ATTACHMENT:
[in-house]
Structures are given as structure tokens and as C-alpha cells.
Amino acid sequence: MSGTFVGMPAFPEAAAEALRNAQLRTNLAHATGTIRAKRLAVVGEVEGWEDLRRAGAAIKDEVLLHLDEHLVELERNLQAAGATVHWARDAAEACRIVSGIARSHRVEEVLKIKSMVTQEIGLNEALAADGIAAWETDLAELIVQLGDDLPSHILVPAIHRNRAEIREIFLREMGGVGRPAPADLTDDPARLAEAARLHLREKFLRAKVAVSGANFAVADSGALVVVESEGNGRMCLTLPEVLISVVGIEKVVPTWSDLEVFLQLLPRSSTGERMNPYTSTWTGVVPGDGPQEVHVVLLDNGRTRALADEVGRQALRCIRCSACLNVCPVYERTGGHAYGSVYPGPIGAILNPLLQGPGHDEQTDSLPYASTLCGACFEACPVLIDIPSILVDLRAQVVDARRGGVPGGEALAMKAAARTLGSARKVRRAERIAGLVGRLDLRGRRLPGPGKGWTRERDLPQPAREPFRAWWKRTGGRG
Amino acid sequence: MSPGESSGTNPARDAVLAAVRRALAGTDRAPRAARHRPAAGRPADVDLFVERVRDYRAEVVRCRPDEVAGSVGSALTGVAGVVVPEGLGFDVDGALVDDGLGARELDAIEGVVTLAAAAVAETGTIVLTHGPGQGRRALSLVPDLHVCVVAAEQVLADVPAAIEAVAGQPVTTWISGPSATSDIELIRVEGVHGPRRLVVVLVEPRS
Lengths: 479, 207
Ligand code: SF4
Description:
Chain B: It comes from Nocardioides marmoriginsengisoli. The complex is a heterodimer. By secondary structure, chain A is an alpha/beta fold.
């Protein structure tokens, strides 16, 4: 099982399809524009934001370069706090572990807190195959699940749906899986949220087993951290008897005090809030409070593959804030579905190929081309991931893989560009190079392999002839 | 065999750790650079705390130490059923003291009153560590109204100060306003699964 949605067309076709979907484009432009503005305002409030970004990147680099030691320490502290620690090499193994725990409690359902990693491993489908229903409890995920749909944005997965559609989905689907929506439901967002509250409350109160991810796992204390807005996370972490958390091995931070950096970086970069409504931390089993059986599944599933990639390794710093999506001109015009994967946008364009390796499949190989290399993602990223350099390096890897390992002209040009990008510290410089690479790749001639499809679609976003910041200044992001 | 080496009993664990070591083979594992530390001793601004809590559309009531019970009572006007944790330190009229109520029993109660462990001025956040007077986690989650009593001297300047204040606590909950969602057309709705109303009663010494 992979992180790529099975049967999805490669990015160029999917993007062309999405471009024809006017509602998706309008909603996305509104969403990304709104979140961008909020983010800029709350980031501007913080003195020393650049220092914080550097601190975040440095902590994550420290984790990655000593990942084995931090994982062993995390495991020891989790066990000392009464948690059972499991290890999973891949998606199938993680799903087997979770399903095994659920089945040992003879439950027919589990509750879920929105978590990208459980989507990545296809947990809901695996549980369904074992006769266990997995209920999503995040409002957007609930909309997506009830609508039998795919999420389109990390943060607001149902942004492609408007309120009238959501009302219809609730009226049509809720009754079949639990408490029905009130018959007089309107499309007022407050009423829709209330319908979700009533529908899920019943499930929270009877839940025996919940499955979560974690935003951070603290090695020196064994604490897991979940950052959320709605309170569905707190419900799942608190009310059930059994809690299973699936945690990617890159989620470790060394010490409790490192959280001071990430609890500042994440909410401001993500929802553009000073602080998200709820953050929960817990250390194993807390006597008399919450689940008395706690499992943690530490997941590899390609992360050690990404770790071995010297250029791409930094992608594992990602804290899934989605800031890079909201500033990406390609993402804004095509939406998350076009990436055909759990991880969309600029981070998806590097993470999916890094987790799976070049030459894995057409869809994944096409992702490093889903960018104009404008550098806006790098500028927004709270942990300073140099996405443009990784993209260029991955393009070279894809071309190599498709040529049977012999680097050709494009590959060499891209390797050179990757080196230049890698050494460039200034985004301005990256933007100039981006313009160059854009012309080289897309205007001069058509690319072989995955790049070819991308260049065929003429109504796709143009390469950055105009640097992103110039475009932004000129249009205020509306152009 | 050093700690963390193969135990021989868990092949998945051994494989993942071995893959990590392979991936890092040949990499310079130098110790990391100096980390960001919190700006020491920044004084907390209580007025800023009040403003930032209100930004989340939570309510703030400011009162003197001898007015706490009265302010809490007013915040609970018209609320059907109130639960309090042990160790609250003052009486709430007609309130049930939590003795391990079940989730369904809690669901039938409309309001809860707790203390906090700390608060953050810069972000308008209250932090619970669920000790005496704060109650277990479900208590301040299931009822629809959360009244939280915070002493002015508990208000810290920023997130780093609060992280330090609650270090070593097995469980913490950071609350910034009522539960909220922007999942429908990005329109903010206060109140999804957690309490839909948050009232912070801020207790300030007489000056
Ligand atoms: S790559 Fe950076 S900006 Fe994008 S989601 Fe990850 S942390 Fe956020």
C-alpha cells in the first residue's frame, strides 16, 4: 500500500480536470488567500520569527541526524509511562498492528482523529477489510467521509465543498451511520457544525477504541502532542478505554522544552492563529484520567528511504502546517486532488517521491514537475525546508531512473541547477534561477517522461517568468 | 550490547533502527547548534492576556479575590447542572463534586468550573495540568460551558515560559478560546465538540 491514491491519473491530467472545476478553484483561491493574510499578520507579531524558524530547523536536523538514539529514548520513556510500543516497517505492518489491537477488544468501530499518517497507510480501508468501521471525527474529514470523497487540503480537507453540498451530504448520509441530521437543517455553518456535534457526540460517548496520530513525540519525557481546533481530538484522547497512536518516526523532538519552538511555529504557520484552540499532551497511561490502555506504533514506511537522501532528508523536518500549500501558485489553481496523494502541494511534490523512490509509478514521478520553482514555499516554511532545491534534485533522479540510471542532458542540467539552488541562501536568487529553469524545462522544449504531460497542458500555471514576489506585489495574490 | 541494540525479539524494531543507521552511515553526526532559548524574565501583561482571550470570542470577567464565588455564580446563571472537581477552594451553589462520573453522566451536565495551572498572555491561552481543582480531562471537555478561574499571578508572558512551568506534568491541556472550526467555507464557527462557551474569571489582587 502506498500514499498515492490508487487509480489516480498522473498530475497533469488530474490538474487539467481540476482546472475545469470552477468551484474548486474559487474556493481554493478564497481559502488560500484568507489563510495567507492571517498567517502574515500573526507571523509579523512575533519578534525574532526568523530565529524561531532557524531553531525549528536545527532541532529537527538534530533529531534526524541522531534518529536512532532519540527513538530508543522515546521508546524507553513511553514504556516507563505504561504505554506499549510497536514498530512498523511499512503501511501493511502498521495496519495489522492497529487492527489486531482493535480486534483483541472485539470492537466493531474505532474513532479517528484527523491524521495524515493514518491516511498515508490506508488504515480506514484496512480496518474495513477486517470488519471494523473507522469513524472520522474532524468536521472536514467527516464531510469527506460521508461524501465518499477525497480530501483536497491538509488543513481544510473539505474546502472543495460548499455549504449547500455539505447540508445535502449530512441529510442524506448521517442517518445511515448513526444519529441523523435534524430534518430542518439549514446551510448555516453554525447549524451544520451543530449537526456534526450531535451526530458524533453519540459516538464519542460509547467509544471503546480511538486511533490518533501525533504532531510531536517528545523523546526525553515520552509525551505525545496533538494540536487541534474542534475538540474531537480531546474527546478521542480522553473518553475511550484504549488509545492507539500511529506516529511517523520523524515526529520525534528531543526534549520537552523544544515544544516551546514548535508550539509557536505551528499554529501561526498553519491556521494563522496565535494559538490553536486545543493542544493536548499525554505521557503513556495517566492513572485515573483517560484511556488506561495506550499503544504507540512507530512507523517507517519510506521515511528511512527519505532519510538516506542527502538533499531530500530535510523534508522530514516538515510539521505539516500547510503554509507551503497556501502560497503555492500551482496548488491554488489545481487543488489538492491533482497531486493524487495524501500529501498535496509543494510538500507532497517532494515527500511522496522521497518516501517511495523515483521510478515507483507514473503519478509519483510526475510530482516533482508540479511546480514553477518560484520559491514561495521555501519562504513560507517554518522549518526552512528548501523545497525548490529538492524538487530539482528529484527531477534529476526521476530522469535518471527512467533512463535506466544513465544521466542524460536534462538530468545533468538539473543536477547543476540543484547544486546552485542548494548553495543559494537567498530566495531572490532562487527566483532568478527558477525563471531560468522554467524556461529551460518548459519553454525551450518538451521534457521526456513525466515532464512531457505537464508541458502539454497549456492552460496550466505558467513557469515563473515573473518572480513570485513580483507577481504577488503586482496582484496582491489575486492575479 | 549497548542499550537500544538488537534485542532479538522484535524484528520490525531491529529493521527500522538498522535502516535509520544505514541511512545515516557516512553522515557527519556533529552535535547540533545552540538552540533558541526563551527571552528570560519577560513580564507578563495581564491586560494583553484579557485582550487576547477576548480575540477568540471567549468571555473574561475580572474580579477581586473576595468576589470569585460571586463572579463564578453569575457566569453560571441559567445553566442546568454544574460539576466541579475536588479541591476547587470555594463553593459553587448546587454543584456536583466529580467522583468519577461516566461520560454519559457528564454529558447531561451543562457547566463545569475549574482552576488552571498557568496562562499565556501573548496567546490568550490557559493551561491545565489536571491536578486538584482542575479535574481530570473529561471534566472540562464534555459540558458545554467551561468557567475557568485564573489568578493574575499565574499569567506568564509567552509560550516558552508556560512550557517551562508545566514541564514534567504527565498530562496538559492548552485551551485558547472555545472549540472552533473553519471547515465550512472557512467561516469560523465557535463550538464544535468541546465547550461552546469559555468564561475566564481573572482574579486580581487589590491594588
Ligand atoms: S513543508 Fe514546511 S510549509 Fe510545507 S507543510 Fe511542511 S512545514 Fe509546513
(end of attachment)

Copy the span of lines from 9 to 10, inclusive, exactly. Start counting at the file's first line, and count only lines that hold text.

């Protein structure tokens, strides 16, 4: 099982399809524009934001370069706090572990807190195959699940749906899986949220087993951290008897005090809030409070593959804030579905190929081309991931893989560009190079392999002839 | 065999750790650079705390130490059923003291009153560590109204100060306003699964 949605067309076709979907484009432009503005305002409030970004990147680099030691320490502290620690090499193994725990409690359902990693491993489908229903409890995920749909944005997965559609989905689907929506439901967002509250409350109160991810796992204390807005996370972490958390091995931070950096970086970069409504931390089993059986599944599933990639390794710093999506001109015009994967946008364009390796499949190989290399993602990223350099390096890897390992002209040009990008510290410089690479790749001639499809679609976003910041200044992001 | 080496009993664990070591083979594992530390001793601004809590559309009531019970009572006007944790330190009229109520029993109660462990001025956040007077986690989650009593001297300047204040606590909950969602057309709705109303009663010494 992979992180790529099975049967999805490669990015160029999917993007062309999405471009024809006017509602998706309008909603996305509104969403990304709104979140961008909020983010800029709350980031501007913080003195020393650049220092914080550097601190975040440095902590994550420290984790990655000593990942084995931090994982062993995390495991020891989790066990000392009464948690059972499991290890999973891949998606199938993680799903087997979770399903095994659920089945040992003879439950027919589990509750879920929105978590990208459980989507990545296809947990809901695996549980369904074992006769266990997995209920999503995040409002957007609930909309997506009830609508039998795919999420389109990390943060607001149902942004492609408007309120009238959501009302219809609730009226049509809720009754079949639990408490029905009130018959007089309107499309007022407050009423829709209330319908979700009533529908899920019943499930929270009877839940025996919940499955979560974690935003951070603290090695020196064994604490897991979940950052959320709605309170569905707190419900799942608190009310059930059994809690299973699936945690990617890159989620470790060394010490409790490192959280001071990430609890500042994440909410401001993500929802553009000073602080998200709820953050929960817990250390194993807390006597008399919450689940008395706690499992943690530490997941590899390609992360050690990404770790071995010297250029791409930094992608594992990602804290899934989605800031890079909201500033990406390609993402804004095509939406998350076009990436055909759990991880969309600029981070998806590097993470999916890094987790799976070049030459894995057409869809994944096409992702490093889903960018104009404008550098806006790098500028927004709270942990300073140099996405443009990784993209260029991955393009070279894809071309190599498709040529049977012999680097050709494009590959060499891209390797050179990757080196230049890698050494460039200034985004301005990256933007100039981006313009160059854009012309080289897309205007001069058509690319072989995955790049070819991308260049065929003429109504796709143009390469950055105009640097992103110039475009932004000129249009205020509306152009 | 050093700690963390193969135990021989868990092949998945051994494989993942071995893959990590392979991936890092040949990499310079130098110790990391100096980390960001919190700006020491920044004084907390209580007025800023009040403003930032209100930004989340939570309510703030400011009162003197001898007015706490009265302010809490007013915040609970018209609320059907109130639960309090042990160790609250003052009486709430007609309130049930939590003795391990079940989730369904809690669901039938409309309001809860707790203390906090700390608060953050810069972000308008209250932090619970669920000790005496704060109650277990479900208590301040299931009822629809959360009244939280915070002493002015508990208000810290920023997130780093609060992280330090609650270090070593097995469980913490950071609350910034009522539960909220922007999942429908990005329109903010206060109140999804957690309490839909948050009232912070801020207790300030007489000056
Ligand atoms: S790559 Fe950076 S900006 Fe994008 S989601 Fe990850 S942390 Fe956020």